Before making their way to Mexico’s Pacific coast, where they were eventually detained, “affluenza teen” Ethan Couch and his mother threw themselves a party, officials said Tuesday. Later, as the duo drove south, police received “dozens and dozens of calls of sightings” of them or their truck.

Citing the Jalisco State prosecutor’s office, the New York Times reports that the Couches were arrested Monday evening in Colonia 5 de Diciembre, a neighborhood popular with American tourists in Puerto Vallarta, a Mexican resort town. Because they were in Mexico illegally, the prosecutor’s office said, they were turned over to the National Institute of Migration. They are expected to be returned to the United States.

The Couches had had some unfinished business to tend to before making their way across the border, however. “We learned through some interviews that what we suspected all along had happened, that they had planned to disappear, that they even had something that was akin to a going-away party before they left town,” Tarrant County sheriff Dee Anderson said at a news conference Monday. This indicated to investigators that Couch’s disappearance “was carefully planned and timed to get out of the country.”

In 2013, Ethan Couch—who has died his blond hair and red facial patches dark brown—was sentenced to 10 years probation after admitting to four counts of manslaughter in a drunk driving incident that left four people dead. (Couch was 16 at the time.) He is wanted for violating the terms of that probation.

Since the time of the incident, Sheriff Anderson said, it has been clear that his mother, Tonya Couch, did not believe that her son needed to be punished. (After all, it’s her fault he had affluenza in the first place.) “There’s just no chance that she will ever think he needs to be punished or held accountable,” the sheriff said. A warrant has been issued for her arrest for hindering apprehension.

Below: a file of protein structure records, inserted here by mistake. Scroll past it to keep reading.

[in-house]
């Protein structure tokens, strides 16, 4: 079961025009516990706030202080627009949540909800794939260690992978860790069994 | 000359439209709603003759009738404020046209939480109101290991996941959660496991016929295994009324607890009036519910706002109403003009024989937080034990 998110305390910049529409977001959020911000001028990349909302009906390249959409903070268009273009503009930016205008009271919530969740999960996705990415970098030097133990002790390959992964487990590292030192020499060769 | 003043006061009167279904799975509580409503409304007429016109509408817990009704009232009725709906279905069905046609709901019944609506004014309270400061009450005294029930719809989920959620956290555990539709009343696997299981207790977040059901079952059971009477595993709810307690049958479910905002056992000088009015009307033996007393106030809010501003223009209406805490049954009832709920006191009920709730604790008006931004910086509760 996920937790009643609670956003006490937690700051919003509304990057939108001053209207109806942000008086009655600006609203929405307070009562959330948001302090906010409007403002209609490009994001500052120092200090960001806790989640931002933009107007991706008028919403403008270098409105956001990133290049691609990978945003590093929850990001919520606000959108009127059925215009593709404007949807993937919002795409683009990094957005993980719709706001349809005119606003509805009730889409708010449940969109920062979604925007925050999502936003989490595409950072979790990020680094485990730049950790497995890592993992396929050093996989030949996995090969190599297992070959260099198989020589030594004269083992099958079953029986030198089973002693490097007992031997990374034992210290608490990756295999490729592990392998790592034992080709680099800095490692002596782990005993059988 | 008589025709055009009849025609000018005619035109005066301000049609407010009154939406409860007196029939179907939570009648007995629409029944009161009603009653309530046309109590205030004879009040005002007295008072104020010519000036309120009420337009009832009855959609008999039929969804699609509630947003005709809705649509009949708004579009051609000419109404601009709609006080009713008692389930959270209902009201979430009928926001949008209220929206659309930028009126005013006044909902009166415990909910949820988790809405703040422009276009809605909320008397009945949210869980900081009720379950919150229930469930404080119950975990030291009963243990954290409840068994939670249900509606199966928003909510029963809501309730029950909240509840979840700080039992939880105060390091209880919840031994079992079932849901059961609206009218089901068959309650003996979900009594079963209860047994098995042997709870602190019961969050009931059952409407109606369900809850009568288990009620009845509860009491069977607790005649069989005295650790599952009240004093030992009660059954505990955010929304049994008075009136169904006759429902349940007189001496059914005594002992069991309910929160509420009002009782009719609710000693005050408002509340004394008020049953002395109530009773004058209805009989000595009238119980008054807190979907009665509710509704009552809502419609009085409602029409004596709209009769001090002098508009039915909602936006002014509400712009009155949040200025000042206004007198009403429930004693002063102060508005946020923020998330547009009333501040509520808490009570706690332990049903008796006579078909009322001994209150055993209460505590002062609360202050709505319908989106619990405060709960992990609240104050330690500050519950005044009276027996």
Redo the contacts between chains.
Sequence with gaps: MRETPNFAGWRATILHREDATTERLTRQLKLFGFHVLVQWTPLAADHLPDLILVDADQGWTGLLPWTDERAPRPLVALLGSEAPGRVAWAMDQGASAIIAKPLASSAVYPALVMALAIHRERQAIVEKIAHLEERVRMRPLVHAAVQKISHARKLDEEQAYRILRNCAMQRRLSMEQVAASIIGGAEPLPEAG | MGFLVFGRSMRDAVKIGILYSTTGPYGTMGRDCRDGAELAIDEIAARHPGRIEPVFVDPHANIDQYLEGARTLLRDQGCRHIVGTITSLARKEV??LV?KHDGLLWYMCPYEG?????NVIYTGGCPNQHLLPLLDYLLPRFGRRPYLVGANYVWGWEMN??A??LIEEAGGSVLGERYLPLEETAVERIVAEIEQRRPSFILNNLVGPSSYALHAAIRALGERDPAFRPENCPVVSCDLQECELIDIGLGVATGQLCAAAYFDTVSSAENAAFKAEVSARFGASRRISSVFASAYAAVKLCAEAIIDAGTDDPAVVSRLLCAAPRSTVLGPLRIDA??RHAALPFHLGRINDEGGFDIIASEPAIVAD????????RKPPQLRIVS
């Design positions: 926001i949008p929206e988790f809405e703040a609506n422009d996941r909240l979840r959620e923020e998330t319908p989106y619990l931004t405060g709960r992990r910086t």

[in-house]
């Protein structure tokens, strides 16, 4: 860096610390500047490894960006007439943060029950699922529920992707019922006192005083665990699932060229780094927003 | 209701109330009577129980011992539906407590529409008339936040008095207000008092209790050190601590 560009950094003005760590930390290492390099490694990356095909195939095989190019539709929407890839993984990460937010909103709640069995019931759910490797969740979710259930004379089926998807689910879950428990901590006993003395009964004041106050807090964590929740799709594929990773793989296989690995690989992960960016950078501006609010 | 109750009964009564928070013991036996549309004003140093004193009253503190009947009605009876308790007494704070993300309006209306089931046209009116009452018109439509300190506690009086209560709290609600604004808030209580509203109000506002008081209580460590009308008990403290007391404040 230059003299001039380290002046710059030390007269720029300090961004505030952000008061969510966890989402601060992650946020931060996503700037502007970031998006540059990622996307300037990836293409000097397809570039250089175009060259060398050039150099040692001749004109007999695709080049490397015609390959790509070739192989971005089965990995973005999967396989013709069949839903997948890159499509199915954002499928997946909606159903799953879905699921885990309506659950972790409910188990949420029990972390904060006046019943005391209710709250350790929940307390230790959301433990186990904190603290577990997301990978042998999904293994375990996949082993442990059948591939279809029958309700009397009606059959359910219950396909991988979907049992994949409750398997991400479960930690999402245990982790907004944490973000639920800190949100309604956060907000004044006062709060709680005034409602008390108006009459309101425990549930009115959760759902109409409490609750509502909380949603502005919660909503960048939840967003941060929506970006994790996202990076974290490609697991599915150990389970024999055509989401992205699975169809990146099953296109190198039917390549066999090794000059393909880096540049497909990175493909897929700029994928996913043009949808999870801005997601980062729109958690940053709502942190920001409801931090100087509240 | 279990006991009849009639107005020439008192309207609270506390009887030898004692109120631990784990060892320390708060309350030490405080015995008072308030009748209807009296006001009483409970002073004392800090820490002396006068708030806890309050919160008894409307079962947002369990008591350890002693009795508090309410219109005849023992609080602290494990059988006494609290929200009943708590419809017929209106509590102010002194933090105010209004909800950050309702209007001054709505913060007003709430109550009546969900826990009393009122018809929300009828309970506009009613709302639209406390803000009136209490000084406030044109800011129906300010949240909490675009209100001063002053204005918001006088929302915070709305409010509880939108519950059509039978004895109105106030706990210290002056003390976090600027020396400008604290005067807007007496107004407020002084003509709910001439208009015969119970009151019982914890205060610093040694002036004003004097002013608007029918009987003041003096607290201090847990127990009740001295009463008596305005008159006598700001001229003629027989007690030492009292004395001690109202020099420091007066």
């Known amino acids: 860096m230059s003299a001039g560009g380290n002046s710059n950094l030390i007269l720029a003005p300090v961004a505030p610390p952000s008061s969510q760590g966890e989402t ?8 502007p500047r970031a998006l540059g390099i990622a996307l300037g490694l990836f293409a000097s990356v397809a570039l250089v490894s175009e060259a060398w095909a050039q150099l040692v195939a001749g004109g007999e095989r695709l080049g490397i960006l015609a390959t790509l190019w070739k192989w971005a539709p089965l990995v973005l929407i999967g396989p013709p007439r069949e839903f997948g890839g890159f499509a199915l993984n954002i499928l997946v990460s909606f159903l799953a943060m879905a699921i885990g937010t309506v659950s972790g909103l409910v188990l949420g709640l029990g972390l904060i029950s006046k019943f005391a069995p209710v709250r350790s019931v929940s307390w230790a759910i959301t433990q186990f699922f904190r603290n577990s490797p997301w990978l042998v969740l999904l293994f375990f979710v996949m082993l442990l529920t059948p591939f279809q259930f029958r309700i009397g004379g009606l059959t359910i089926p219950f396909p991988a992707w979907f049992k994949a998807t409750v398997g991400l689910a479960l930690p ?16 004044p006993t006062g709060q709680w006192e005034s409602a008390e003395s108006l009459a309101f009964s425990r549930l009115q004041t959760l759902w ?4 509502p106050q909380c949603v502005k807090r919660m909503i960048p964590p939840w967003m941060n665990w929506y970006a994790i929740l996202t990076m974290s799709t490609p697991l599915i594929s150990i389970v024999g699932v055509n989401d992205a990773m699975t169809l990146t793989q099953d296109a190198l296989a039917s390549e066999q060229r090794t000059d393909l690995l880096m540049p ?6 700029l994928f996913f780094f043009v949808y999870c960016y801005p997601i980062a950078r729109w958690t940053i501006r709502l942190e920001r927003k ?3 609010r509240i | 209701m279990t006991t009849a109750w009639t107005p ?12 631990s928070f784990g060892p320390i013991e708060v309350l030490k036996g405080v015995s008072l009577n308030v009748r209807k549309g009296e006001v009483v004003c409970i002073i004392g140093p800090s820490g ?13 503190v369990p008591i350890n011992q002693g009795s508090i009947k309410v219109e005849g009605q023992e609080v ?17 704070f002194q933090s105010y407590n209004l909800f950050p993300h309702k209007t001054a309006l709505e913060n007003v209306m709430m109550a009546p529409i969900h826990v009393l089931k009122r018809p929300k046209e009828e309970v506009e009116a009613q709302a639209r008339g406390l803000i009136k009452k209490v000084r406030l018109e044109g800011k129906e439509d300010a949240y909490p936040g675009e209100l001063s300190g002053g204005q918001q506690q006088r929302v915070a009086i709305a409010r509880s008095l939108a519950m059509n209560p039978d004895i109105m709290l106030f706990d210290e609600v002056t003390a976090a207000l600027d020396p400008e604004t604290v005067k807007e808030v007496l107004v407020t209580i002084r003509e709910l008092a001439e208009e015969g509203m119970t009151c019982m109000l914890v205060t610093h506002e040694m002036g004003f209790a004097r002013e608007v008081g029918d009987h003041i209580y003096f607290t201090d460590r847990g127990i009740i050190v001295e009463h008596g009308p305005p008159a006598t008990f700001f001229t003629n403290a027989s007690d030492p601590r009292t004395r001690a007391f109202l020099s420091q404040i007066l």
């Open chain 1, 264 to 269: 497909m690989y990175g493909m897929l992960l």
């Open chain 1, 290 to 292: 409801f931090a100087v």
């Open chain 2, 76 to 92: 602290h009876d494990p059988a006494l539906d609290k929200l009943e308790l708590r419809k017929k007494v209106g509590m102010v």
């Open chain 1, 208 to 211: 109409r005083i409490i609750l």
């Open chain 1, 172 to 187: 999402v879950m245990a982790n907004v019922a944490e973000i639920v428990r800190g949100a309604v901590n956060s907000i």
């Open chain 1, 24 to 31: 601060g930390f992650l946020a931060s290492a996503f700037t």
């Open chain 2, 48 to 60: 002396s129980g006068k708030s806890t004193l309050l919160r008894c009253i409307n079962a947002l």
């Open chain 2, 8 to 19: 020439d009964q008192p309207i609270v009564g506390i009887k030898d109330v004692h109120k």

Officials don’t believe that Couch’s father—who is divorced from his mother (and who was arrested last year for impersonating a police officer)—assisted in their escape. Plenty of people assisted the police, though: Investigators received “dozens and dozens of calls of sightings” from people who knew the Couches, Anderson said.

From the Times:

Investigators received helpful information from people who know the Couches, and “dozens and dozens of calls of sightings” of them or their pickup truck, he said. The pair are believed to have driven the truck from the Fort Worth area deep into Mexico, but he would not say whether they still had it with them, or how they supported themselves on the run.

“He was, at best, looking at a life of exile,” Sheriff Anderson said of Mr. Couch.

A crucial piece of information indicating that they were in Puerto Vallarta came on Dec. 24, the sheriff said, but he would not elaborate. “The problem with it was, as you can imagine, Puerto Vallarta at Christmas time, a tremendous amount of tourists down there, so American people were prevalent everywhere, it wouldn’t be somewhere they were going to stick out,” he said.

Jalisco state officials said that the Marshals Service, through the American Consulate in the state capital, Guadalajara, asked local authorities to search for the Couches in Puerto Vallarta.

Texas prosecutors have been trying to move Couch’s case to adult court for some time. At a news conference Tuesday, Tarrant County District Attorney Sharon Wilson said her office would take this opportunity to make that change, before Couch turns 19. “We no longer have to be concerned about the best interest of the child,” she said.

If Couch’s case remains in the juvenile system, NBC News reports, he could end up spending just a few months in jail, as Texas usually releases incarcerated juveniles when they turn 19. (Couch turns 19 in April.) “We can move him to adult court,” said Wilson, “and an adult judge can instate or enforce his 10-year probated sentence that was given to him before—which means he’d be on additional eight years probation.”

The sheriff echoed the DA’s sentiments. “I personally felt like justice was denied at the first juncture, and I had everything possible invested in this to get him back and I’m not apologizing for it,” Anderson said. “I don’t believe that the community and the public wanted anything less than us to use every available means to bring him back.”

A hearing has been scheduled for January 19th.

Images via Jalisco State Prosecutor/Marshals Service/AP Images. Contact the author of this post: